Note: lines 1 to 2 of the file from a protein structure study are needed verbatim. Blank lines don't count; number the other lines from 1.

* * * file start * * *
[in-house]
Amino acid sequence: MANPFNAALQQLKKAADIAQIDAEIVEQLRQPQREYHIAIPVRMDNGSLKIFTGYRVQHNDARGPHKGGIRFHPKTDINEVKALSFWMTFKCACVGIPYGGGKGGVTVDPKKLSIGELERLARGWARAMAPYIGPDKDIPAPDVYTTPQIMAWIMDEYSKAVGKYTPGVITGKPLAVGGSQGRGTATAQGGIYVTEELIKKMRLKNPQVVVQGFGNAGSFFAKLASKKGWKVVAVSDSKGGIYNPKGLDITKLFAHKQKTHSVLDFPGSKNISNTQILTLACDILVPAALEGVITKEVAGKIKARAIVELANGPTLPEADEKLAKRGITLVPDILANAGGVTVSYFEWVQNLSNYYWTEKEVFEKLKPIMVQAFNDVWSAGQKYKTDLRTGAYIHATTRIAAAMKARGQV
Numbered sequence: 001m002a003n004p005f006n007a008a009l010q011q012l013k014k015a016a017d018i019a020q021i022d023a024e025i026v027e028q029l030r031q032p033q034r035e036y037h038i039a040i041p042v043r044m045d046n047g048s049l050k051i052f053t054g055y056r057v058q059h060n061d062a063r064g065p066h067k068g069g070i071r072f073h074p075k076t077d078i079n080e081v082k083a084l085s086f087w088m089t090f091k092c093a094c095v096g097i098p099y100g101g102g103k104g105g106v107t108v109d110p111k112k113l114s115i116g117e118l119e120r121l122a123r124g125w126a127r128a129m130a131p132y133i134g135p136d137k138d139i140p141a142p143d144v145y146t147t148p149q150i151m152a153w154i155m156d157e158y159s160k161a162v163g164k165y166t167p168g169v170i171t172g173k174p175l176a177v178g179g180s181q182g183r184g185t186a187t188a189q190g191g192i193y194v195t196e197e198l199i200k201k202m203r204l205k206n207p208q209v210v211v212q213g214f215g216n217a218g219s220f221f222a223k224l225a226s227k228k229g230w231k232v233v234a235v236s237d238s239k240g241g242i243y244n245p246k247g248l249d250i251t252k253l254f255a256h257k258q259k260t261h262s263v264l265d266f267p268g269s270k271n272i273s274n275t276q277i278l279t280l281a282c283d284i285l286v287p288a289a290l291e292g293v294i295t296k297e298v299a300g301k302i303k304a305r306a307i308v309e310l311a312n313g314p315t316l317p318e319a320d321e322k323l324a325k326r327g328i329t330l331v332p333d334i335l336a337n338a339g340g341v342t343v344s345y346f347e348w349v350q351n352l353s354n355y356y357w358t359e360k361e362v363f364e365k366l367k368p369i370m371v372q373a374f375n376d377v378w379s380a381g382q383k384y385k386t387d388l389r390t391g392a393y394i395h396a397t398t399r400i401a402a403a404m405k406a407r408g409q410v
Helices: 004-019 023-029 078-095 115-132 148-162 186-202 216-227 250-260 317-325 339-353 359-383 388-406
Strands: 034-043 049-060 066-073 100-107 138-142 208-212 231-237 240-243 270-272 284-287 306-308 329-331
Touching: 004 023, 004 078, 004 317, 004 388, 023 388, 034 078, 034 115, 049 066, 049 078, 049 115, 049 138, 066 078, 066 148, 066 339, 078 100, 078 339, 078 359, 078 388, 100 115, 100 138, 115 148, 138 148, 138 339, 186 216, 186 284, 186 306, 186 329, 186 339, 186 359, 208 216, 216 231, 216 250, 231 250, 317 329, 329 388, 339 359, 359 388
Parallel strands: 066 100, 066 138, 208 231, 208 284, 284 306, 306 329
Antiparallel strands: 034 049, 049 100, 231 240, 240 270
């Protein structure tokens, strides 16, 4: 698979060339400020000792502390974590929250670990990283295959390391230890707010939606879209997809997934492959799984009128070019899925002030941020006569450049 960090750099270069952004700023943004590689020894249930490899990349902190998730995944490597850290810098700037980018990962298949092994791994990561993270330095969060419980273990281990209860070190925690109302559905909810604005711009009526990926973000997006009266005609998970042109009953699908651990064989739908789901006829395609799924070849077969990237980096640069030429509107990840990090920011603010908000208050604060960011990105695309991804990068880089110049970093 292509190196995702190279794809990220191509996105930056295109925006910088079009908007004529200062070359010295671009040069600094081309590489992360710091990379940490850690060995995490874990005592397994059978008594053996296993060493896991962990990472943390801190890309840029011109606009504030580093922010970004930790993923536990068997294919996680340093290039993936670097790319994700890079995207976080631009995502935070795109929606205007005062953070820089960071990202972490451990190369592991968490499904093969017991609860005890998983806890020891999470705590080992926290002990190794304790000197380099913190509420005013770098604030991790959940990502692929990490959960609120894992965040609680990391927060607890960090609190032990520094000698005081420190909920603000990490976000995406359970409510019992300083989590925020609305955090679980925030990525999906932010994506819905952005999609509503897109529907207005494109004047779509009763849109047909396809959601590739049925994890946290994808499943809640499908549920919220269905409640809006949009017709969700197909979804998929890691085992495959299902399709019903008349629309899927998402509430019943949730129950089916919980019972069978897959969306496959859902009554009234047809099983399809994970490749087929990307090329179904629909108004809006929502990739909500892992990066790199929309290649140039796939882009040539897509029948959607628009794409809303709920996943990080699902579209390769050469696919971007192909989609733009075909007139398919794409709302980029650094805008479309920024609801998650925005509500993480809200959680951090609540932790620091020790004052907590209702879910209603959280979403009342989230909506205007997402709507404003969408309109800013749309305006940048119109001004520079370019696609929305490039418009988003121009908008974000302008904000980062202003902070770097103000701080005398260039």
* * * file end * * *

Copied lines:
[in-house]
Amino acid sequence: MANPFNAALQQLKKAADIAQIDAEIVEQLRQPQREYHIAIPVRMDNGSLKIFTGYRVQHNDARGPHKGGIRFHPKTDINEVKALSFWMTFKCACVGIPYGGGKGGVTVDPKKLSIGELERLARGWARAMAPYIGPDKDIPAPDVYTTPQIMAWIMDEYSKAVGKYTPGVITGKPLAVGGSQGRGTATAQGGIYVTEELIKKMRLKNPQVVVQGFGNAGSFFAKLASKKGWKVVAVSDSKGGIYNPKGLDITKLFAHKQKTHSVLDFPGSKNISNTQILTLACDILVPAALEGVITKEVAGKIKARAIVELANGPTLPEADEKLAKRGITLVPDILANAGGVTVSYFEWVQNLSNYYWTEKEVFEKLKPIMVQAFNDVWSAGQKYKTDLRTGAYIHATTRIAAAMKARGQV